Throughout our series on Kubernetes, we have covered a wide range of topics. Initially, we provided a detailed guide to help you get started with Kubernetes, as well as the details of Kubernetes architectures and why Kubernetes is a critical tool in any cloud infrastructure setup.
Furthermore, we explored various other essential Kubernetes concepts, such as namespaces, workloads, and deployment, providing a comprehensive understanding of these concepts. We also extensively discussed kubectl, a frequently used Kubernetes command.
In this blog, we’ll provide you with tips for managing high-traffic loads in Kubernetes. But first, let’s understand why managing high traffic loads is necessary.
Why is Managing High-Traffic Loads Necessary?
In today’s digital world, websites and applications are expected to handle a high traffic volume, especially during peak hours or promotional campaigns. When server resources become overwhelmed, it can lead to slower response times, decreased performance, and even complete service disruptions.
This results in a poor user experience and can lead to lost revenue, missed business opportunities, and damaged brand reputation. A report states 91% of companies report downtime costs exceeding $300,000 hourly. For instance, the Facebook outage cost Meta almost $100 million in revenue in 2021.
Therefore, effective management of high-traffic loads is critical to ensuring that websites and applications can handle the volume of traffic they receive without compromising on performance, availability, or security. This requires careful planning and execution of strategies such as scaling, load balancing, and caching, among others.
By successfully managing high traffic loads, businesses can ensure that their digital platforms can handle high traffic volumes without disruptions, providing a seamless user experience and ultimately contributing to their success.
How to Manage High-Traffic Loads in Kubernetes?
Managing high traffic loads in Kubernetes can be challenging, as it requires a deep understanding of Kubernetes architecture and deployment strategies.
Here, we will explore the tips for effectively managing high-traffic loads in Kubernetes.
- Scaling Kubernetes Deployment
Scaling Kubernetes deployments is crucial to managing high-traffic loads in Kubernetes. When traffic increases, additional resources such as CPU, memory, and storage may be required to handle the additional load. Kubernetes provides several options for scaling deployments to ensure that resources are allocated effectively and efficiently.
- Horizontal Pod Autoscaler: Kubernetes provides an auto-scaling feature, known as the Horizontal Pod Autoscaler (HPA), that automatically adjusts the number of replicas in a deployment based on traffic. The HPA monitors the resource utilization of the deployment and adjusts the number of replicas to ensure that the resource utilization remains within a set threshold. This helps to ensure that resources are allocated efficiently and effectively and that the deployment can handle high-traffic loads without downtime or performance issues.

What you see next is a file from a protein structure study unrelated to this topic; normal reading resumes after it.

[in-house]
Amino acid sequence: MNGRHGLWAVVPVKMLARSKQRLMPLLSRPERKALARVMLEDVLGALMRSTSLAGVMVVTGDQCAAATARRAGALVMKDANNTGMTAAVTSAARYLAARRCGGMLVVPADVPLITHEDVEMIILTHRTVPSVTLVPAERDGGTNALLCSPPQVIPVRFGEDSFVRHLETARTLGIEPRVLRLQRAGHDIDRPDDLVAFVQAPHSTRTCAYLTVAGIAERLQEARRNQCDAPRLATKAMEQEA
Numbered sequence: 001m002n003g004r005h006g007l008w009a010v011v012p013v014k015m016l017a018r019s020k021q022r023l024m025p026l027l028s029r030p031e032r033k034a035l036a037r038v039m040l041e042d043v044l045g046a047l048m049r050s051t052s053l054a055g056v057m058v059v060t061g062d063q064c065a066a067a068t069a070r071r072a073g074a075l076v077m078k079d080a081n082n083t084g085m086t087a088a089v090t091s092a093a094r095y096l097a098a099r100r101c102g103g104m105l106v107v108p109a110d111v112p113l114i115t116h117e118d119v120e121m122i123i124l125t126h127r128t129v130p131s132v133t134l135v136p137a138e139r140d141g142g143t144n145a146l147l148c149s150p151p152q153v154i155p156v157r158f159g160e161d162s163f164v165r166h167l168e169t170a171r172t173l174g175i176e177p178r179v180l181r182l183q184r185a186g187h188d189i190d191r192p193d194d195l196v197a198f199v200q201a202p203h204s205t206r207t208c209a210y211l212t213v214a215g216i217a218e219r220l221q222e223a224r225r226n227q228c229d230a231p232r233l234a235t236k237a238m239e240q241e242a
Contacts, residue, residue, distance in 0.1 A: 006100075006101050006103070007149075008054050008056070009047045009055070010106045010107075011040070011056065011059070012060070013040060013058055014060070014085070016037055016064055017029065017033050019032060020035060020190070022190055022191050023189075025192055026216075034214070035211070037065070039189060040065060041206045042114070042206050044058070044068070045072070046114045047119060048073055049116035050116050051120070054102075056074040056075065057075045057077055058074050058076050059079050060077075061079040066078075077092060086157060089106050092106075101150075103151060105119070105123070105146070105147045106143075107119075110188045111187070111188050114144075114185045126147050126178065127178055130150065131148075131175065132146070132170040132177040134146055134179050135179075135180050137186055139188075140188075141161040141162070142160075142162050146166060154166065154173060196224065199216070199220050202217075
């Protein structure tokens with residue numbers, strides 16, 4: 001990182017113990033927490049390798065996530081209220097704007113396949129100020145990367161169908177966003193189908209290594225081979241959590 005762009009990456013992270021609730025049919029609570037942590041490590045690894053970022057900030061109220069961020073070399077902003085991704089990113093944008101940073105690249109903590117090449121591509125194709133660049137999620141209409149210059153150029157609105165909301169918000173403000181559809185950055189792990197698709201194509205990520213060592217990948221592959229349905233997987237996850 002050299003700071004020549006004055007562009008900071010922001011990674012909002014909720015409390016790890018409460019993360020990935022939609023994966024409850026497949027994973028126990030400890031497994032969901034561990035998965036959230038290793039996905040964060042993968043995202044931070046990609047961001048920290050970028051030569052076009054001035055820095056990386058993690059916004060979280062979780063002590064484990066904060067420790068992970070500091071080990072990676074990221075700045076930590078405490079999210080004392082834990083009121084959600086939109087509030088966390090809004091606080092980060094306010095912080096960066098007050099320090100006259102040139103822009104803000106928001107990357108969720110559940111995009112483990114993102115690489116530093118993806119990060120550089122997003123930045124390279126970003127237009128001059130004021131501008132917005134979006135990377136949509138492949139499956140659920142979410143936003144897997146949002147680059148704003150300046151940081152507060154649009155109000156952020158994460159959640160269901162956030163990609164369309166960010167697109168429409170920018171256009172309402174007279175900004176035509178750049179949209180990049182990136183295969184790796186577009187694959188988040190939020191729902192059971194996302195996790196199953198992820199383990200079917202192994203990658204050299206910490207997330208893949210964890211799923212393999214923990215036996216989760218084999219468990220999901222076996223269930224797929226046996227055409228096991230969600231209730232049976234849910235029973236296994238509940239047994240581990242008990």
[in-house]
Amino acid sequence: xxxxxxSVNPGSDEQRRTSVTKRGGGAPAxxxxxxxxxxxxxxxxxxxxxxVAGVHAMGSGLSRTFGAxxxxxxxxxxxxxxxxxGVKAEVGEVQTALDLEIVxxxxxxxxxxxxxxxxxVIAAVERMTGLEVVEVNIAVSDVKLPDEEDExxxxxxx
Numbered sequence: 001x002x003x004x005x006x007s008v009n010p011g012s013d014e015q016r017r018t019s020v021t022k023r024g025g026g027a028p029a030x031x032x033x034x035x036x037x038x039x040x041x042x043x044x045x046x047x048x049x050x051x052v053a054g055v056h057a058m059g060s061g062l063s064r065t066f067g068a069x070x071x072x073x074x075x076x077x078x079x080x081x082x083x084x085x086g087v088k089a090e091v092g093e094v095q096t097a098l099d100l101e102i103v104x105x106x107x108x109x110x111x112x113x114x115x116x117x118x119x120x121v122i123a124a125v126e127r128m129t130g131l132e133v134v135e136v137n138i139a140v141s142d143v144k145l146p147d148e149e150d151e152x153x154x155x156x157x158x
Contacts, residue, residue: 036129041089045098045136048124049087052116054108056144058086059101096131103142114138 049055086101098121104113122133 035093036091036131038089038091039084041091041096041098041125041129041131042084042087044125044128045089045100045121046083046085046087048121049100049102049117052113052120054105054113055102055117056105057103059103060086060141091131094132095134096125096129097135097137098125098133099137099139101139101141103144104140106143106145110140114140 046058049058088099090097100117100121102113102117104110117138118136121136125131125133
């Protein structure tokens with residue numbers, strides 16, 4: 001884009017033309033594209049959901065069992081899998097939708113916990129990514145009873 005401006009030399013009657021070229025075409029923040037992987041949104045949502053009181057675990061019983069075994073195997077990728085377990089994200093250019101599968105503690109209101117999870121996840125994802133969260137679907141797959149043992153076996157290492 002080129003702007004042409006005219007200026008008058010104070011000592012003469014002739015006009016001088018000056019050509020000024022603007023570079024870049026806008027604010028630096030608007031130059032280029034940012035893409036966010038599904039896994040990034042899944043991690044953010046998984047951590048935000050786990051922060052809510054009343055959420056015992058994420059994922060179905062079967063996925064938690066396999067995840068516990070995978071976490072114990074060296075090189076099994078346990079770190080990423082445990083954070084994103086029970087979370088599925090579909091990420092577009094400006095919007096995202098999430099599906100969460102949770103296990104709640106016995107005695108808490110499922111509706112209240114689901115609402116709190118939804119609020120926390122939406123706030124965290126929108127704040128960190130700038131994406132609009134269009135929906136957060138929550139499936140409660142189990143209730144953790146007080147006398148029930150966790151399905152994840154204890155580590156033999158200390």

- Vertical Autoscaler: Vertical Pod Autoscaler (VPA) can be used to manage high traffic in Kubernetes by dynamically adjusting the CPU and memory limits and requests of containers. However, VPA should be used in conjunction with other scaling strategies, such as Horizontal Pod Autoscaling (HPA) and Cluster Autoscaler, for more effective management of high-traffic scenarios.
- Cluster Autoscaler: The Cluster Autoscaler is a tool that automatically resizes a Kubernetes cluster based on resource demand. It can add nodes to the cluster when there are insufficient resources to run pods, and it can remove underutilized nodes that have been idle for an extended period of time, allowing their pods to be placed on other nodes.
Using these scaling methods, you can autoscale when traffic increases/decreases.
- Load Balancing
Load balancing in Kubernetes is used to distribute incoming network traffic across multiple servers or network resources to improve application performance, reliability, and availability. Doing this helps prevent any single server or resource from overloading with traffic.
Different load-balancing strategies can be used for managing external traffic to pods.
- Round Robin
- Kube-proxy L4 Round Robin Load Balancing
- L7 Round Robin Load Balancing
- Consistent Hashing/Ring Hash
- Fastest Response
- Fewest Servers
- Least Connections
- Resource-Based/Least Load
Depending on your need to distribute traffic across servers, you can choose any of these or a combination of Kubernetes load-balancing algorithms to manage traffic.
- Resource Allocation
Resource allocation can help manage high traffic in Kubernetes by ensuring that pods have sufficient resources (CPU, memory) to handle the increased traffic. Kubernetes allows you to set resource requests and limits for containers running in pods.